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Vitamin D Supplements in Pregnancy and Breastfeeding
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What to Do About The Flu
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Decreasing the Risk of Gestation Diabetes
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Eating During Labor
Probiotics and a Decreased Risk of Gestational Diabetes
Pregnancy - a Time to be Active!
Clearing the Air : Quit Smoking for You and Your Child
What is a Healthy Pregnancy Diet for Obese Women?
Does Iron Intake Matter?
One Fish, Two Fish... Full Term Birth?
Folic acid in pregnancy and language development
A Mediterranean Diet, Pre-Pregnancy
There is No Substitute for a Healthy Diet
Honest Healthy Diets for Babies
Exercise for New Moms
A Healthy Pre-Pregnancy Diet and Gestational Diabetes
Vitamin D and Gestational Diabetes
Great News About Breastfeeding
Peanuts and Pregnancy
Fried Foods and Gestational Diabetes
Iodine supplements - should you take them?
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FDA Updates Recommendations for Fish Consumption in Pregnancy

Faith Bontrager, RN, BSN

Faith Bontrager, RN, BSNFaith's passion in nursing is to help people find the options they need to discover their personal path to optimum health. Ask her friends and they will tell you that their appreciation of nutritious food has grown through Faith. About Faith Bontrager, RN, BSN


A Healthy Pregnancy

One Fish, Two Fish... Full Term Birth?

The American College of Obstetricians and Gynecologists recommends that pregnant women eat fish up to two times per week. Fish is a great source of protein, it is a heart healthy fat for moms and may be important for baby's brain development. Fish can be great sources of vitamin D and iron.

But can eating fish decrease your risk of a pre-term birth?


A recent study linked moderate fish consumption (2-3 times per week) with a significant decrease in the risk of pre-term birth in a population of women who were at increased risk for preterm birth (Obstet Gynecol 2011:117:1071-1077).

Researchers interviewed women who had previous pre-term births and asked about their fish consumption from the time of conception up to 16 weeks gestation. They then randomized this group of women to receive omega-3 supplements or a placebo.

The women who had regularly eaten fish were significantly less likely to deliver before 37 weeks gestation than women who routinely ate less fish or did not eat fish at all. This was true even after researchers adjusted for factors linked with preterm birth such as smoking, age, education, body mass index, race and ethnicity.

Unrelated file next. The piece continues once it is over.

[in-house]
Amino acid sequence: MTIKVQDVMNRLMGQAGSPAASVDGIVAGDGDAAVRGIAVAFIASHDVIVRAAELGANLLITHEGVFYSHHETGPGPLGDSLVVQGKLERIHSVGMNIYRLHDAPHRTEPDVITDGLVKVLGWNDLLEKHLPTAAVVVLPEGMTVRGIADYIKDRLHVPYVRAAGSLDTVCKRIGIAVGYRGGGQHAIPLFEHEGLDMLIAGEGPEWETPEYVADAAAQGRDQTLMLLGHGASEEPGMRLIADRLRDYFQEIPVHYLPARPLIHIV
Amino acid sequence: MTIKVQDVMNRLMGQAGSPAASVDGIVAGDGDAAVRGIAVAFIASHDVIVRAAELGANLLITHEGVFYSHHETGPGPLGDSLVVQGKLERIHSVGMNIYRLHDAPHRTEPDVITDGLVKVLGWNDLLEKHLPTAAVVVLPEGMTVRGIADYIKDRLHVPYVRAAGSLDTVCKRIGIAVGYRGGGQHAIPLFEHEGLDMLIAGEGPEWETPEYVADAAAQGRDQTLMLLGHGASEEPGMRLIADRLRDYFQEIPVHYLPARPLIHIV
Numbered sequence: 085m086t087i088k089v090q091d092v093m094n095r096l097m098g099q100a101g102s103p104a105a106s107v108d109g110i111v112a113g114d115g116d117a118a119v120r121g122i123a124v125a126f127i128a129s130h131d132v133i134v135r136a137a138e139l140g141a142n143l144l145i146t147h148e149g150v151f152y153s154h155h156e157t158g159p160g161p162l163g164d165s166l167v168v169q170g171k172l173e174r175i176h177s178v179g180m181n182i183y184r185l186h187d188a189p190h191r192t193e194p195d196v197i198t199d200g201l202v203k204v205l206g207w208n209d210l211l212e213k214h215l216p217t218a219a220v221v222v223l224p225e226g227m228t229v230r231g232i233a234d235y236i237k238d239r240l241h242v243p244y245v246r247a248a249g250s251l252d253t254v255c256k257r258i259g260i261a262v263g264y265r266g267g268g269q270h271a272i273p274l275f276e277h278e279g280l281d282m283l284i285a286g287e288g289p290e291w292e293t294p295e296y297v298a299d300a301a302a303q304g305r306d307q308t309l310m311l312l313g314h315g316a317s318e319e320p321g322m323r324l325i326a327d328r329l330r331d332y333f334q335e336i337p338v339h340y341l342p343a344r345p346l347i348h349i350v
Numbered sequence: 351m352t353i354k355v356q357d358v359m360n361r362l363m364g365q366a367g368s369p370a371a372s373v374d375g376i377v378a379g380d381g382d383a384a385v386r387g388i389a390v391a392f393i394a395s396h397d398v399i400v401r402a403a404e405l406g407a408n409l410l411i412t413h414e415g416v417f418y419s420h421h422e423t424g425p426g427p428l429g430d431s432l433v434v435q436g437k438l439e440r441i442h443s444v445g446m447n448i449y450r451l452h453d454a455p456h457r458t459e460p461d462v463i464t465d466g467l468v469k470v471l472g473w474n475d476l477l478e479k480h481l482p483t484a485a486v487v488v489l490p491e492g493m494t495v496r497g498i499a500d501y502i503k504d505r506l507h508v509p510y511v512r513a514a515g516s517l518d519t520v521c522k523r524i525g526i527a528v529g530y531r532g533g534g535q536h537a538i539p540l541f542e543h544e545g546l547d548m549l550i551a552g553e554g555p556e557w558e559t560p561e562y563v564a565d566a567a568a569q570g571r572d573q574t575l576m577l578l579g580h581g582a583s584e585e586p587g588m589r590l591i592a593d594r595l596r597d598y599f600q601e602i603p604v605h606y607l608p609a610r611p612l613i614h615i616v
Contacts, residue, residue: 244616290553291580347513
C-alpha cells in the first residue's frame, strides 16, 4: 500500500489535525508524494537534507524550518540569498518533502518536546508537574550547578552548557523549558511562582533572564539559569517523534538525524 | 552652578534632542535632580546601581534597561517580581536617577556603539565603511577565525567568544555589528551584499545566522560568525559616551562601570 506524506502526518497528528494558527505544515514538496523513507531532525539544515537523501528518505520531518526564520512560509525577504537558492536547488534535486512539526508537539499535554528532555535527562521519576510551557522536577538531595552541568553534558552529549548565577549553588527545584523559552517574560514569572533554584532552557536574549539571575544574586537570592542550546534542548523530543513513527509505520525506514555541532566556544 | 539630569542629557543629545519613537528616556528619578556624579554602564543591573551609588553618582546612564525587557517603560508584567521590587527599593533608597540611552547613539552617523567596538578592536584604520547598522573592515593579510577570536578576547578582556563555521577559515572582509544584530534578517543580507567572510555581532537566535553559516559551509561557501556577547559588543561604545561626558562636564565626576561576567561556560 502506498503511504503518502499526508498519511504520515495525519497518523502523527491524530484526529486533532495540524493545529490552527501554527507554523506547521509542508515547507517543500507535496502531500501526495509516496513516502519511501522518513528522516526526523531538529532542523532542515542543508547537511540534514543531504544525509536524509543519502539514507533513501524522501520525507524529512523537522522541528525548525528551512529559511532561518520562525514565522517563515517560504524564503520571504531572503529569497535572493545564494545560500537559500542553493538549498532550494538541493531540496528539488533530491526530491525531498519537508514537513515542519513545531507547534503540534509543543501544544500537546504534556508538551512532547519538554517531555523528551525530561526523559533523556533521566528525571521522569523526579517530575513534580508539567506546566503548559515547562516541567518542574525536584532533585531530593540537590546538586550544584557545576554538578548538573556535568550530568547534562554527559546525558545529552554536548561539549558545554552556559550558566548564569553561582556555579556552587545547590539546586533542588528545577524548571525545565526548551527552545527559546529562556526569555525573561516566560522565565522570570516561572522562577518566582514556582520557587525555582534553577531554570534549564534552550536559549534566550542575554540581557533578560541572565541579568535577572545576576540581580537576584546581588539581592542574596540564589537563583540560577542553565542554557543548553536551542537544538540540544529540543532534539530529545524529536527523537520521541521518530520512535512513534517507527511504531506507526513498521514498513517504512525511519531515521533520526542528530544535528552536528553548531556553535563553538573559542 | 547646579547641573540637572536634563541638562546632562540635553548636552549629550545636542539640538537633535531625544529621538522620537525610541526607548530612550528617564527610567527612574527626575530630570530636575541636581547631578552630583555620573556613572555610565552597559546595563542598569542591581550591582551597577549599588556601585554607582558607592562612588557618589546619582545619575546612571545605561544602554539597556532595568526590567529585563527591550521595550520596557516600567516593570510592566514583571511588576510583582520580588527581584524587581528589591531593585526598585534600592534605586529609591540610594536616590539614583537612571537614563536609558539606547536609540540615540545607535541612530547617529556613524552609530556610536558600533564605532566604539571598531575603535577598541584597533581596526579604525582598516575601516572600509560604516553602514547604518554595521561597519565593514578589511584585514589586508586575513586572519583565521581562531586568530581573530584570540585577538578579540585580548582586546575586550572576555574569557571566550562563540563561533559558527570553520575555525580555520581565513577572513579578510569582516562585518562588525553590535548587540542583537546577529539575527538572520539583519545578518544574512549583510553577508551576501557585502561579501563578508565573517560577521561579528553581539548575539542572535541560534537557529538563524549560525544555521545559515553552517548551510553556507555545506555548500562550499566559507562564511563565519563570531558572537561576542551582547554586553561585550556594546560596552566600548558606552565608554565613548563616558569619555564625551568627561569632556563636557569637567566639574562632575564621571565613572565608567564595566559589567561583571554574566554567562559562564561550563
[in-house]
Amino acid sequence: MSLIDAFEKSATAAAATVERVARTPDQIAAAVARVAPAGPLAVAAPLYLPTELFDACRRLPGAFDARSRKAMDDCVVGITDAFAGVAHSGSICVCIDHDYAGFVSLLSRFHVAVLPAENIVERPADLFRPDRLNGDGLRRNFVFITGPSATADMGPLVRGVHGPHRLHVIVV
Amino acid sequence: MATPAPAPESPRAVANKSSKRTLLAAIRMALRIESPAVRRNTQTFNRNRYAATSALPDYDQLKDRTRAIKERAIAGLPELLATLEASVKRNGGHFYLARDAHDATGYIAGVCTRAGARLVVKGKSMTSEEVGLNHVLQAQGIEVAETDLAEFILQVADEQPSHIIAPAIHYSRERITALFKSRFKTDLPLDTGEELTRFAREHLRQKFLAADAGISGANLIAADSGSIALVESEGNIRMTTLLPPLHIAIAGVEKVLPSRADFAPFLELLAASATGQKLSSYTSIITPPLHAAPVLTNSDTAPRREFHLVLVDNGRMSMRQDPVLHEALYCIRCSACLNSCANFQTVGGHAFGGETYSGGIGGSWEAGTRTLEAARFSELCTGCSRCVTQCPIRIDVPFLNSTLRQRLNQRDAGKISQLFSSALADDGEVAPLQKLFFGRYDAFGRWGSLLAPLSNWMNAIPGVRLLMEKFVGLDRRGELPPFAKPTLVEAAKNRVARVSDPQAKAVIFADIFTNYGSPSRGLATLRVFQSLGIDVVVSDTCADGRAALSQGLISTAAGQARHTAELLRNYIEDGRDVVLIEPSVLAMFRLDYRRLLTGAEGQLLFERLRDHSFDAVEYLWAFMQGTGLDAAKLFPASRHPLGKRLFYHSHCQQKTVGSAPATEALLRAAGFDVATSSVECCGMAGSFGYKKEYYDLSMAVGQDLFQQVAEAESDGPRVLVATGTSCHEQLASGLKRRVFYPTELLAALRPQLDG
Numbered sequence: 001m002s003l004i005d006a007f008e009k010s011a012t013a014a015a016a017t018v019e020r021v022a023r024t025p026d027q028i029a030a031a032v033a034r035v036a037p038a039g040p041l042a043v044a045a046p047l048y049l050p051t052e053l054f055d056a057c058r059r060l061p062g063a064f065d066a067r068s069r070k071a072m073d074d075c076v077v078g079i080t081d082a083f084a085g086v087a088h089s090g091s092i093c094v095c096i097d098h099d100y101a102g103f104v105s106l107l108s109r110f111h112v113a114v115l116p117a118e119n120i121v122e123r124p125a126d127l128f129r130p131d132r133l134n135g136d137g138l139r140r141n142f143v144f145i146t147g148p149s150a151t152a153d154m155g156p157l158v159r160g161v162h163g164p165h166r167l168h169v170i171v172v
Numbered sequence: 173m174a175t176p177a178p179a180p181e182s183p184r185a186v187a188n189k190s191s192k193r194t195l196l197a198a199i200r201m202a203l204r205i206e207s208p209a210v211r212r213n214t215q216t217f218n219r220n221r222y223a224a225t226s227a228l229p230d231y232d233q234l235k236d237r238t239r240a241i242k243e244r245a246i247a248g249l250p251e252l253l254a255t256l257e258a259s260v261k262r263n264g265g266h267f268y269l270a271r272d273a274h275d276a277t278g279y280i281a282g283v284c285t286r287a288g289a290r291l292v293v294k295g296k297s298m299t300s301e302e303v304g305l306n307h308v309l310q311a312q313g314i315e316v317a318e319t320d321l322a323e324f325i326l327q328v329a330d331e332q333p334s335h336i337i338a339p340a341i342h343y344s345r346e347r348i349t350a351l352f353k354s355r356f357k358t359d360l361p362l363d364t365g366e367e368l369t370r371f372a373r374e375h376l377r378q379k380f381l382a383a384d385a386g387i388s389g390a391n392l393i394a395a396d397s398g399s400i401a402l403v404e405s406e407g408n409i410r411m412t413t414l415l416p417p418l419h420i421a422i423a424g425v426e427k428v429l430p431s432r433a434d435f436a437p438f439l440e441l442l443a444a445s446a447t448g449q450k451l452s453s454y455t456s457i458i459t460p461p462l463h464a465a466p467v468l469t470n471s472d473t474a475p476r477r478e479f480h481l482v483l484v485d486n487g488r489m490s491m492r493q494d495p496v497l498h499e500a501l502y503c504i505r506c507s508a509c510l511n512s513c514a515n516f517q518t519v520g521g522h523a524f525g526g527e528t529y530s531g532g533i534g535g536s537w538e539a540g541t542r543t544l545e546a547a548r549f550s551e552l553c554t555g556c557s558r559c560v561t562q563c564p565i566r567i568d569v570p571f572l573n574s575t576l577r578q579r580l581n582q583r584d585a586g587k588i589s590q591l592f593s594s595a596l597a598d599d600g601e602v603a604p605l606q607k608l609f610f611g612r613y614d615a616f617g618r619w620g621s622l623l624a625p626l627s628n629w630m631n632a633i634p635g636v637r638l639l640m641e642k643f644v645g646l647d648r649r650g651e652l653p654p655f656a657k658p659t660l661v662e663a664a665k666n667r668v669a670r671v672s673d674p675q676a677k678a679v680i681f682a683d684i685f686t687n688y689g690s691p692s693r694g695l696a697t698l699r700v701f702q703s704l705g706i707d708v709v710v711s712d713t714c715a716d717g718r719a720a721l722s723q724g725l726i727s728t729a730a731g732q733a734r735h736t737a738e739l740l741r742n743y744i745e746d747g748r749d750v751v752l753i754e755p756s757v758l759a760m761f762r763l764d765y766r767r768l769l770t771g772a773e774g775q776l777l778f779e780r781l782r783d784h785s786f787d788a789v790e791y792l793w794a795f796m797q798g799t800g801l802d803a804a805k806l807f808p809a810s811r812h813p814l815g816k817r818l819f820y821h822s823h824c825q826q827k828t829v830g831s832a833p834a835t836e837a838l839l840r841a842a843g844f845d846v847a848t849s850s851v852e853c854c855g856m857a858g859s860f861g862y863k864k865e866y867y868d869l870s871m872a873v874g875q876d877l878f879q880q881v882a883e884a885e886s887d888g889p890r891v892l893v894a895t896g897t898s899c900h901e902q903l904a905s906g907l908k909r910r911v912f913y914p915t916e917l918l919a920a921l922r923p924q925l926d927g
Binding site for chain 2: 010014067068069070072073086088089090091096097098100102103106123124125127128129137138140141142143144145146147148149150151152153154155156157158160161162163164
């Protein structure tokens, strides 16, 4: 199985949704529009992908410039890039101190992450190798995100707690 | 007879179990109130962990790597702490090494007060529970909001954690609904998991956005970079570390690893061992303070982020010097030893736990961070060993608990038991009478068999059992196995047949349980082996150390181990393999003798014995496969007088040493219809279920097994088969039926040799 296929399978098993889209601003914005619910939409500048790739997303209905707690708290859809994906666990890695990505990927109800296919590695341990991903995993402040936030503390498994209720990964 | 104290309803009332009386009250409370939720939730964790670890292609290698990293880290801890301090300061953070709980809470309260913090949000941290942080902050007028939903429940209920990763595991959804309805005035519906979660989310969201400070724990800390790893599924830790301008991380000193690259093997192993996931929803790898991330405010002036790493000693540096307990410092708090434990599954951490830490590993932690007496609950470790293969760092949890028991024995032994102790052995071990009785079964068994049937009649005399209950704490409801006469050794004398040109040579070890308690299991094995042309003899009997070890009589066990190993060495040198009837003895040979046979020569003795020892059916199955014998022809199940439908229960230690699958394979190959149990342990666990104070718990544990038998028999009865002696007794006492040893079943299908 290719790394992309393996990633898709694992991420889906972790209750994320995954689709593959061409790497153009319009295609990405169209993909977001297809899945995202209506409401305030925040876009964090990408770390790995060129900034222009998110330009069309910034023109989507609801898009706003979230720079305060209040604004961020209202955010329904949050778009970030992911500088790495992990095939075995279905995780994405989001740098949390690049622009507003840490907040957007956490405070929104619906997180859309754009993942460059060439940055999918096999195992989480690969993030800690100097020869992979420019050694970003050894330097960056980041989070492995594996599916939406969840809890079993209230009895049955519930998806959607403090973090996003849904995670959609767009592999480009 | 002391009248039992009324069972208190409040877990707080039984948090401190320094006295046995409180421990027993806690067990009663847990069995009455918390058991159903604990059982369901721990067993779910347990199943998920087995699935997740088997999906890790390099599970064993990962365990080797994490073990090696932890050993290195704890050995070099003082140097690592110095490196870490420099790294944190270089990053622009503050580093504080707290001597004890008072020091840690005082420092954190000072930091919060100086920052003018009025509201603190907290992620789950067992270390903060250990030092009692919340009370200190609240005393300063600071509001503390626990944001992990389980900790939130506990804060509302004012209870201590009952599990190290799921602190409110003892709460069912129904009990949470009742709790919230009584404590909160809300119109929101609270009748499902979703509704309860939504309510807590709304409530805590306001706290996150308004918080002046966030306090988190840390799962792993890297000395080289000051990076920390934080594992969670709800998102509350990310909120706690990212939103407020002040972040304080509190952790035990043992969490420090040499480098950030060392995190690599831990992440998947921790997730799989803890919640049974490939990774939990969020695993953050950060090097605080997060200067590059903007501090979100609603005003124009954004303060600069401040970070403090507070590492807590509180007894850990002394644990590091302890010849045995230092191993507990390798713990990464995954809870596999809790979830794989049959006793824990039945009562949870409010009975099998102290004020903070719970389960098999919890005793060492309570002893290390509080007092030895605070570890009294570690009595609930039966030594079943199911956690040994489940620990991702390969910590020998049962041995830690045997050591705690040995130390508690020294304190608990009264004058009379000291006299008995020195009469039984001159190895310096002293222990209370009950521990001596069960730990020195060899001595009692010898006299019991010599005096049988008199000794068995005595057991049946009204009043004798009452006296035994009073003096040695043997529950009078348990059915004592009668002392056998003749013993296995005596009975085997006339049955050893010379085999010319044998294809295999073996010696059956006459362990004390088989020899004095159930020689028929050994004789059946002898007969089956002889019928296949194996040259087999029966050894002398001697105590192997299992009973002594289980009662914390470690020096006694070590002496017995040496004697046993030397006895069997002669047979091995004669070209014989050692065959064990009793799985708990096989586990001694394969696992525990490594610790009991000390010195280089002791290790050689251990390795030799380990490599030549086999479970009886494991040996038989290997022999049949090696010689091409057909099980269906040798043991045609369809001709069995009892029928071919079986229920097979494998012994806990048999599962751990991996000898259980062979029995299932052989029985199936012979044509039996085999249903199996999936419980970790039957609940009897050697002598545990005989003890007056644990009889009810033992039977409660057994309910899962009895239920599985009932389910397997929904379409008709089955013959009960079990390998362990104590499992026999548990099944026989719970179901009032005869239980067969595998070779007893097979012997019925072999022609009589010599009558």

The probability of preterm birth decreased with increased fish consumption up to 2-3 times per week and then increased slightly in women who ate fish more than 3 times per week. Many doctors caution pregnant patients against eating too much fish or certain types of fish that are known to have higher levels of mercury.

The Omega-3 supplements (started around mid-pregnancy) did not make a significant difference in pre-term delivery rates.

There are many possible reasons why fish may have made a difference while supplements did not. Fish may have nutrients in addition to omega-3s that contribute to healthy pregnancy. Women who took the time to eat fish may have also eaten more vegetables, fruit, and whole grains and less fast food.

While it is possible that omega-3 supplements given earlier in pregnancy might have demonstrated some impact, the researchers clearly stated that their data indicate that omega-3 supplementation can not take the place of eating fish in regard to decreasing pre-term births.

A healthy diet, starting before or at conception, is an important part of a healthy pregnancy. While we encourage pregnant readers to discuss supplements with their doctors, supplements will never be a substitute for a healthy diet.

Supplements certainly don't have taste of great seafood! It is shrimp season here in Mississippi and I wish you could join me in buying fresh shrimp straight off the boat! You can't beat it!

Nourish yourself - and your child!